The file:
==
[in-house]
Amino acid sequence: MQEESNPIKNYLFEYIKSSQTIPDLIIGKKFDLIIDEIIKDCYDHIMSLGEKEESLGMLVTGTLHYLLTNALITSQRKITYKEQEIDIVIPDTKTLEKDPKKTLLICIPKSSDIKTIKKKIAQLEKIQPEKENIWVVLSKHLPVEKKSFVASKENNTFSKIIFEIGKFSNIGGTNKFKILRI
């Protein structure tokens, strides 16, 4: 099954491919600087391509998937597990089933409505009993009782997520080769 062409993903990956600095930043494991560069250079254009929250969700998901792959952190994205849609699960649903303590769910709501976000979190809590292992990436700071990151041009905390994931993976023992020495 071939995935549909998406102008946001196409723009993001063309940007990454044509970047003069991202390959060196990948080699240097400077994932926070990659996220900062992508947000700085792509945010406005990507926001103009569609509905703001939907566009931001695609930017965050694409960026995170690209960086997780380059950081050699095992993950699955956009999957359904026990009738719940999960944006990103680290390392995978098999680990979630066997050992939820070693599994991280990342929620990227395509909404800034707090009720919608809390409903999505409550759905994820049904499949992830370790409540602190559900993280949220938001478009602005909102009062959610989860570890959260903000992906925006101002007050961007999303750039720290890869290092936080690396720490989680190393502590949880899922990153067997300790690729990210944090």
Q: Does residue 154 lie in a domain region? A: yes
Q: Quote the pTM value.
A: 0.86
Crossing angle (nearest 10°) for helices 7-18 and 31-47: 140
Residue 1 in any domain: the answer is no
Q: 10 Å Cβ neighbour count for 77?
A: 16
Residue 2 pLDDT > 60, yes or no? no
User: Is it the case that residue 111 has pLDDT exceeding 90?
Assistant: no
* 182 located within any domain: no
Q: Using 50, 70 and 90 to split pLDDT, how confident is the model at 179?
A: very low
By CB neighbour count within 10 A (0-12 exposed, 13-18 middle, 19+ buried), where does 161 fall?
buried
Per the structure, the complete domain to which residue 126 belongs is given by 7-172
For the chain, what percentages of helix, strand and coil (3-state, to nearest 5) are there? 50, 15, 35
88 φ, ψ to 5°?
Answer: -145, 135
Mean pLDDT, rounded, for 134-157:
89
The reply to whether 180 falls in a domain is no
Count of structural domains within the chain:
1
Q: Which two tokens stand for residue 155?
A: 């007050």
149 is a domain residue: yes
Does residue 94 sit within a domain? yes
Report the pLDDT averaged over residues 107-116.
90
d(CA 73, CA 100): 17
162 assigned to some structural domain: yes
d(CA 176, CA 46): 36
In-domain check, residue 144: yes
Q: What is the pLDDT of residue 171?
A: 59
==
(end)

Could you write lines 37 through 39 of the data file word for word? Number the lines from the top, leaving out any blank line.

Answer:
In-domain check, residue 144: yes
Q: What is the pLDDT of residue 171?
A: 59